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Additional PV Comes To Finland Via Community Solar Model

Finland will soon enjoy more in the way of renewable energy from photovoltaics, predicated on using its highly successful community solar model.

Finland’s energy company Helen will take on the financing of the operation of the country’s largest PV plant, the 850 kW Kivikko solar plant. Its business plan covers leasing the array’s panels.

Finland northern lights shutterstock_331347053

In Finland, shared PV projects currently account for 13% of the nation’s solar power production. It might well become one of the main driving forces for Finland’s tiny solar sector, reports pv magazine. Now the percentage figure will increase.

Earlier this month, Helsinki-based energy company Helen commissioned the Kivikko solar plant, to be located on the rooftop of an indoor cross-country skiing hall in Finland’s capital, Helsinki.

Specifically, the Kivikko project contains 2,992 PV panels, now available for leasing to Helen customers for a monthly fee of 4.40 Euros (US $5.02) each. The company says that within two weeks of the plant’s commissioning, local energy consumers have already leased more than half of the solar panels.

The utility reimburses subscribers for the electricity produced by their panels. Customers can monitor the panels’ electricity output online and track their energy consumption.

The ability to generate solar electricity without owning a rooftop system seems very appealing to Finland’s local energy consumers.

Each of the PV panels in the Kivikko installation is expected to produce approximately 230 kWh annually. This power-generating total is potentially equivalent to about 11% of the average electricity consumption of a one-bedroom apartment in Finland. This means one customer with a 10-panel lease can potentially balance their annual electricity requirements.

The Kivikko plant is not the first shared solar project in Finland. In March of 2015, Helen commissioned the 340 kW Suvilahti PV plant, for the first time offering its customers the possibility of generating solar power without investing in a private PV system. According to the company, all of the Suvilahti plant’s 1,194 panels were leased out in a matter of days.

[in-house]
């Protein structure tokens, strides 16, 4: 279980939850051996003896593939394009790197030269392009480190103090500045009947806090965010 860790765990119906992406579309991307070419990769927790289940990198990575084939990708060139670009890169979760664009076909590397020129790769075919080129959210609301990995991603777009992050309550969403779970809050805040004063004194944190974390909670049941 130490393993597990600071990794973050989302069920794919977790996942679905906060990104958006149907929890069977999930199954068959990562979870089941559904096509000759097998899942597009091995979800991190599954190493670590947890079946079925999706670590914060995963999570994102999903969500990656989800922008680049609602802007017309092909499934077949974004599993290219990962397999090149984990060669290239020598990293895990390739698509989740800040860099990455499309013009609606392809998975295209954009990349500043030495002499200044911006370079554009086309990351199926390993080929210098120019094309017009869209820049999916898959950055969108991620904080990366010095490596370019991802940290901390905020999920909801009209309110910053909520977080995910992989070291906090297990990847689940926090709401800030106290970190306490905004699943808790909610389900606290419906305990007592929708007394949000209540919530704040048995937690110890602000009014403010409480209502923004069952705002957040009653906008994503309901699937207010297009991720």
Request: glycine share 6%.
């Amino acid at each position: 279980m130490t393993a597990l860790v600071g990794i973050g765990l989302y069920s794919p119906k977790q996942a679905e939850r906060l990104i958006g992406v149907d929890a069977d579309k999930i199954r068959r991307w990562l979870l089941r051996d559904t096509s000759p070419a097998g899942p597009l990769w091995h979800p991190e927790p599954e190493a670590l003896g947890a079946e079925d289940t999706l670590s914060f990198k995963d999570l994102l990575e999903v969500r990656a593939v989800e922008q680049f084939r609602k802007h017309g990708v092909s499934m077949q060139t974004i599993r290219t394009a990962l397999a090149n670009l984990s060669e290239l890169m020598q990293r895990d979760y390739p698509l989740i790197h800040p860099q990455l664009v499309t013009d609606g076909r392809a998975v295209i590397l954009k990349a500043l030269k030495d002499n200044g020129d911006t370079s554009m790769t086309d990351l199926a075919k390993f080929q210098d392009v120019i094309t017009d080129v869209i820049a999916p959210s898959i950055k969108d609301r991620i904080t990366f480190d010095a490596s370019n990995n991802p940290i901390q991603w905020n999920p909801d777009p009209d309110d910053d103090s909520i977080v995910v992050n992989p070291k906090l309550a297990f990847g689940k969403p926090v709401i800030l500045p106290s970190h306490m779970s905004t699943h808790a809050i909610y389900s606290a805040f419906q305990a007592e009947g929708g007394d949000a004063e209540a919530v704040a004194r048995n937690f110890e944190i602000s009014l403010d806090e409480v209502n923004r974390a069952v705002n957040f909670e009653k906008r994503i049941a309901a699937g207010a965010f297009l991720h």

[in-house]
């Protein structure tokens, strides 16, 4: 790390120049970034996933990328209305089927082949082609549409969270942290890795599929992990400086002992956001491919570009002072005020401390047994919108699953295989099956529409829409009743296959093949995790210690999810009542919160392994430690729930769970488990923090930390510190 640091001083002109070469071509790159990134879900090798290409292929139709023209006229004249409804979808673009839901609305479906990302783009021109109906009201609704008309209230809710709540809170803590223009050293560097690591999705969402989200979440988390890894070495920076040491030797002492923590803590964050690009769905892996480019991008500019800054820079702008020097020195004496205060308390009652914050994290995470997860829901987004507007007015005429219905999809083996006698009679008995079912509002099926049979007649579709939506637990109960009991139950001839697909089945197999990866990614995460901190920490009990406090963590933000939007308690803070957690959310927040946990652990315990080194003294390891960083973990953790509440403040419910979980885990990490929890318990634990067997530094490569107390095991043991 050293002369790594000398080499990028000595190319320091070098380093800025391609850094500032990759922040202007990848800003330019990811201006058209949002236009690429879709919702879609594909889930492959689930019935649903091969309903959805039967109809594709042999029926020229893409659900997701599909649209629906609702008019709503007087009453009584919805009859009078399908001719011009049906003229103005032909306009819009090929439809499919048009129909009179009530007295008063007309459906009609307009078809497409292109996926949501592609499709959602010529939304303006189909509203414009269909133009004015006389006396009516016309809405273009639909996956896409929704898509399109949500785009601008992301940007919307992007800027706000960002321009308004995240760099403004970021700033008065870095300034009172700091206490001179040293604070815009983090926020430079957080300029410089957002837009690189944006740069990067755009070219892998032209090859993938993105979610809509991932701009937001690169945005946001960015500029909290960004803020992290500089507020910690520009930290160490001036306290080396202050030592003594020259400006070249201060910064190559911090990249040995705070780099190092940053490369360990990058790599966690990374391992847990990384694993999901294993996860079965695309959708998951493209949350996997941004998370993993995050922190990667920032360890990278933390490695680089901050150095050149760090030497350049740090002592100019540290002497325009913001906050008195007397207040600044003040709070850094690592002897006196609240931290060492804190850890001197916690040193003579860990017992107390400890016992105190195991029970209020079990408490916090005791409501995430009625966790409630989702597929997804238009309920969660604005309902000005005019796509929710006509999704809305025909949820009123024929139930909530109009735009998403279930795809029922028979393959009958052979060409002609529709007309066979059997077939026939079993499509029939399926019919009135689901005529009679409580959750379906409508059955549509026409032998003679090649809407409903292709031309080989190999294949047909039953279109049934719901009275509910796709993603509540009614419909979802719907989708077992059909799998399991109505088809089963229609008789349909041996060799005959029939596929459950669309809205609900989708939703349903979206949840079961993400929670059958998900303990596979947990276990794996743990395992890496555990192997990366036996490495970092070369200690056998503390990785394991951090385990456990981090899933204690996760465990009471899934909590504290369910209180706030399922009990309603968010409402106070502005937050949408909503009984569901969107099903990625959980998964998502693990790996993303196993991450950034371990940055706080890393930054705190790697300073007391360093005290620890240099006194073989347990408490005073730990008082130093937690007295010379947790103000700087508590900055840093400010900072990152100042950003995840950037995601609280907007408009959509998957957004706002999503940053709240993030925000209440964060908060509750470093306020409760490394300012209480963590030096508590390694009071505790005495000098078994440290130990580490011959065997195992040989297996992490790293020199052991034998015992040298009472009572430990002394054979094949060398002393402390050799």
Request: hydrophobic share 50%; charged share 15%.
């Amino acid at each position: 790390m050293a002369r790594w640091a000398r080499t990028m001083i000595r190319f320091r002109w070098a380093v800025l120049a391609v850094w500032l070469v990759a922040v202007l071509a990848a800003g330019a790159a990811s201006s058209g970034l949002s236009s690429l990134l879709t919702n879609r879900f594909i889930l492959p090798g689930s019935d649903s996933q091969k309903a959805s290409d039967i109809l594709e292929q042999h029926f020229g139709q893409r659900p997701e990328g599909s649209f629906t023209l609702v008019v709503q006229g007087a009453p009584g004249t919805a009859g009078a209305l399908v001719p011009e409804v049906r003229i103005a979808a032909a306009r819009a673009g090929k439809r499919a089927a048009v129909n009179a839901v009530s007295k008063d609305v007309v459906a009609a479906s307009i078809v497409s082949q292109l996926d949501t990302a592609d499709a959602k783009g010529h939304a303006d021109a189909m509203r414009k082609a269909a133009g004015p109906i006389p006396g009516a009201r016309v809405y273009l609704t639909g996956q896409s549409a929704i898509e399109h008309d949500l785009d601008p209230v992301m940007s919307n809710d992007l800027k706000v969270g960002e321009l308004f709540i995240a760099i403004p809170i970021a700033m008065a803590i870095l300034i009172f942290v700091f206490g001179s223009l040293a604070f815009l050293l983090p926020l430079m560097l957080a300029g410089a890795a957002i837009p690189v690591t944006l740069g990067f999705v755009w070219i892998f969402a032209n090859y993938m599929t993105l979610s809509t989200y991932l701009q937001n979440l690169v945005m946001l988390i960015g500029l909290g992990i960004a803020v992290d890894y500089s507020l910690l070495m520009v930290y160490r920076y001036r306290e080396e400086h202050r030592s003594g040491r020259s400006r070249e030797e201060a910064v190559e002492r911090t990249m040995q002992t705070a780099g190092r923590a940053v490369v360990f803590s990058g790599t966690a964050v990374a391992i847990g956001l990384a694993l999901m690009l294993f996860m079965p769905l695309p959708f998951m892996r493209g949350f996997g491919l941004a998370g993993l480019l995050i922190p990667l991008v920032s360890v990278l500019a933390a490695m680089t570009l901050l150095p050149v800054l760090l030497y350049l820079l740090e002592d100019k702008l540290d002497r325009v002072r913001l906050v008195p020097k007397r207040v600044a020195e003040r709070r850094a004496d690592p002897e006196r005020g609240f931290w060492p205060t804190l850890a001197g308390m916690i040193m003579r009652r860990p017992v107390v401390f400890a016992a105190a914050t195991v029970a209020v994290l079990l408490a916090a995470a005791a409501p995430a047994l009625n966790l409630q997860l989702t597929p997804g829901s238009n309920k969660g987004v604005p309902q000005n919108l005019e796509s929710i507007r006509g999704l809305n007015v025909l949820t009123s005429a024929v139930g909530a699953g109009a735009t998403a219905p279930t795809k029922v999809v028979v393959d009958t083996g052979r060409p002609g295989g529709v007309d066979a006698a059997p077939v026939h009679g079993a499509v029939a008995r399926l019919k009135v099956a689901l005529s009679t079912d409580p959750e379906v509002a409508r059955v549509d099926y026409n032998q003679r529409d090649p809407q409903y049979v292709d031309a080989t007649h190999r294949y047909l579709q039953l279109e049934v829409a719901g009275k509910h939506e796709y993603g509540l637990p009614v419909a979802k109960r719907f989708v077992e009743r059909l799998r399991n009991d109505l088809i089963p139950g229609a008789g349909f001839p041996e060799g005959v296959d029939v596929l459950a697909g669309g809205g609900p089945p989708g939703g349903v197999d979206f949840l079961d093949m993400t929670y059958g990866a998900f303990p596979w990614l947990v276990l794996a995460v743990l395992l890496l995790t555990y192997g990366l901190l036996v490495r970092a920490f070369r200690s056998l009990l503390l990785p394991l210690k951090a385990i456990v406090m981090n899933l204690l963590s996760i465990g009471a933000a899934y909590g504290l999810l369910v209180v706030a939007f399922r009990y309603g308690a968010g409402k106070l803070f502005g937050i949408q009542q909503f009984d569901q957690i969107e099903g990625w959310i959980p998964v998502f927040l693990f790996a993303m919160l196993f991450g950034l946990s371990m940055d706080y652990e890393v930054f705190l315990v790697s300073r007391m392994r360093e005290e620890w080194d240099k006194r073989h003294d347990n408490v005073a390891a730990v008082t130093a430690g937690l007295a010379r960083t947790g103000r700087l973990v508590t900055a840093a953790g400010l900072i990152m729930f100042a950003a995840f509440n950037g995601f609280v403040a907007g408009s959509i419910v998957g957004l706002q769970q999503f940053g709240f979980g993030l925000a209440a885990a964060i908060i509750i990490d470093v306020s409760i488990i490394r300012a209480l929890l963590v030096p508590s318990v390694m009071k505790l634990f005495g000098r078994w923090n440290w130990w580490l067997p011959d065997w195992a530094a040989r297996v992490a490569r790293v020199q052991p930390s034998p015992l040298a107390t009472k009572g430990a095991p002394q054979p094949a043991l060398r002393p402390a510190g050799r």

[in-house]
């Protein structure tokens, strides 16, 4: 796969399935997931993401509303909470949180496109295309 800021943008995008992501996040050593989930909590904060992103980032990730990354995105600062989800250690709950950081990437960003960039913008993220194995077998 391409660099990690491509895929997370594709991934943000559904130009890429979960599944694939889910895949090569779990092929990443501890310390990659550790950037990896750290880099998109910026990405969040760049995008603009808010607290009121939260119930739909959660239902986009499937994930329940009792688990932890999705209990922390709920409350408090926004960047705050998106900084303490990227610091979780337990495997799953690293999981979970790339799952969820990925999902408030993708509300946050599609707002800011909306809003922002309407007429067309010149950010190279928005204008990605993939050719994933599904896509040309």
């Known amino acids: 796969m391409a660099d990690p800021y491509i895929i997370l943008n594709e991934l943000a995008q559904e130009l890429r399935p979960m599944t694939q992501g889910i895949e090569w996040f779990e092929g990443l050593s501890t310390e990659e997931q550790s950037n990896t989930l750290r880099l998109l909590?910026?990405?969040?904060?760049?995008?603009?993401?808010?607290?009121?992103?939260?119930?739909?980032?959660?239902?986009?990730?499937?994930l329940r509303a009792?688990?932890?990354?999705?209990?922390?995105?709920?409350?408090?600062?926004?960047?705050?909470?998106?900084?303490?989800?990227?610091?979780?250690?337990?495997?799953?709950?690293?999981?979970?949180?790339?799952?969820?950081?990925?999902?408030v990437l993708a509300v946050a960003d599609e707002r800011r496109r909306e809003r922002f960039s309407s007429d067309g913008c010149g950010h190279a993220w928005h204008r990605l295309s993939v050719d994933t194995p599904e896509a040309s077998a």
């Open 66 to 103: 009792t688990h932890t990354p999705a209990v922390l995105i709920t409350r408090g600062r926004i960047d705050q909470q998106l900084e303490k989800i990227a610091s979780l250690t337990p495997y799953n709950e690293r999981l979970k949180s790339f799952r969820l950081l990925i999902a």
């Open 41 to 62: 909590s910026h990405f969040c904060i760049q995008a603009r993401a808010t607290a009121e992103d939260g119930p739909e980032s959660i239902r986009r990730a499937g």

Community solar projects elsewhere

Due to the benefit of having solar without incurring a large outlay of upfront capital, the appeal of projects like this is gaining momentum in other parts of the world. According to the Solar Energy Industries Association (SEIA) there are a number of different models which feature shared solar.

Here is the status of community solar projects in the US:

  • There are 25 states with at least one community solar project online, with 91 projects and 102 cumulative megawatts installed through early 2016.
  • At least 12 states and DC have recognized the benefits of shared renewables by encouraging their growth through policy and programs.
  • Four states — California, Colorado, Massachusetts, and Minnesota — are expected to install the majority of community solar over the next two years.
  • The next five years will see the U.S. community solar market add an impressive 1.8 gigawatts, compared to just 66 megawatts through the end of 2014.
  • Placed in service in 2006, the shared renewables project in Ellensburg, Washington, claims to be “the first community solar project in the nation.”

The future of shared solar in Finland

Presently, the Kivikko and Suvilahti PV plants together produce 1,000 MWh of electricity annually, representing 13% of Finland’s solar power production. If the Kivikko shared solar project turns out successful, Helen is planning to further expand its solar portfolio using the community business model.

“People who have acquired a designated panel have had a concrete impact on how electricity is generated in our country. If the Kivikko solar panels are sold out, we will build a third power plant in accordance with the same principle. Our customers will decide,” said Helen’s project manager Atte Kallio.

Image: Finland’s northern lights via Shutterstock

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Written By

is a writer, producer, and director. Meyers was editor and site director of Green Building Elements, a contributing writer for CleanTechnica, and is founder of Green Streets MediaTrain, a communications connection and eLearning hub. As an independent producer, he's been involved in the development, production and distribution of television and distance learning programs for both the education industry and corporate sector. He also is an avid gardener and loves sustainable innovation.


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